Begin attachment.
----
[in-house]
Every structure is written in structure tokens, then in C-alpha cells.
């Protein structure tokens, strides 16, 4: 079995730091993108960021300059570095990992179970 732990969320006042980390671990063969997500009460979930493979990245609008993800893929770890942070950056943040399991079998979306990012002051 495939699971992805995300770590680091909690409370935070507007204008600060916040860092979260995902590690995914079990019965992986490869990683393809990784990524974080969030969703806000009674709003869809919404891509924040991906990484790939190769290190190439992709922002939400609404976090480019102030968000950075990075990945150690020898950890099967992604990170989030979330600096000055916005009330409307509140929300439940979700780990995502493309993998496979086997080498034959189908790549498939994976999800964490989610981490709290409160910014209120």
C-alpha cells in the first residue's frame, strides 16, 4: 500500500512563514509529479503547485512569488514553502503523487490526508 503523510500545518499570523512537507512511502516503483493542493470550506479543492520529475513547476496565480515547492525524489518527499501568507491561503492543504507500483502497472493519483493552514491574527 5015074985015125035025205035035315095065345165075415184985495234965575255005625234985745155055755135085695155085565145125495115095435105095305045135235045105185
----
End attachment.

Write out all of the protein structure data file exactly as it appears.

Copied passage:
[in-house]
Every structure is written in structure tokens, then in C-alpha cells.
């Protein structure tokens, strides 16, 4: 079995730091993108960021300059570095990992179970 732990969320006042980390671990063969997500009460979930493979990245609008993800893929770890942070950056943040399991079998979306990012002051 495939699971992805995300770590680091909690409370935070507007204008600060916040860092979260995902590690995914079990019965992986490869990683393809990784990524974080969030969703806000009674709003869809919404891509924040991906990484790939190769290190190439992709922002939400609404976090480019102030968000950075990075990945150690020898950890099967992604990170989030979330600096000055916005009330409307509140929300439940979700780990995502493309993998496979086997080498034959189908790549498939994976999800964490989610981490709290409160910014209120």
C-alpha cells in the first residue's frame, strides 16, 4: 500500500512563514509529479503547485512569488514553502503523487490526508 503523510500545518499570523512537507512511502516503483493542493470550506479543492520529475513547476496565480515547492525524489518527499501568507491561503492543504507500483502497472493519483493552514491574527 5015074985015125035025205035035315095065345165075415184985495234965575255005625234985745155055755135085695155085565145125495115095435105095305045135235045105185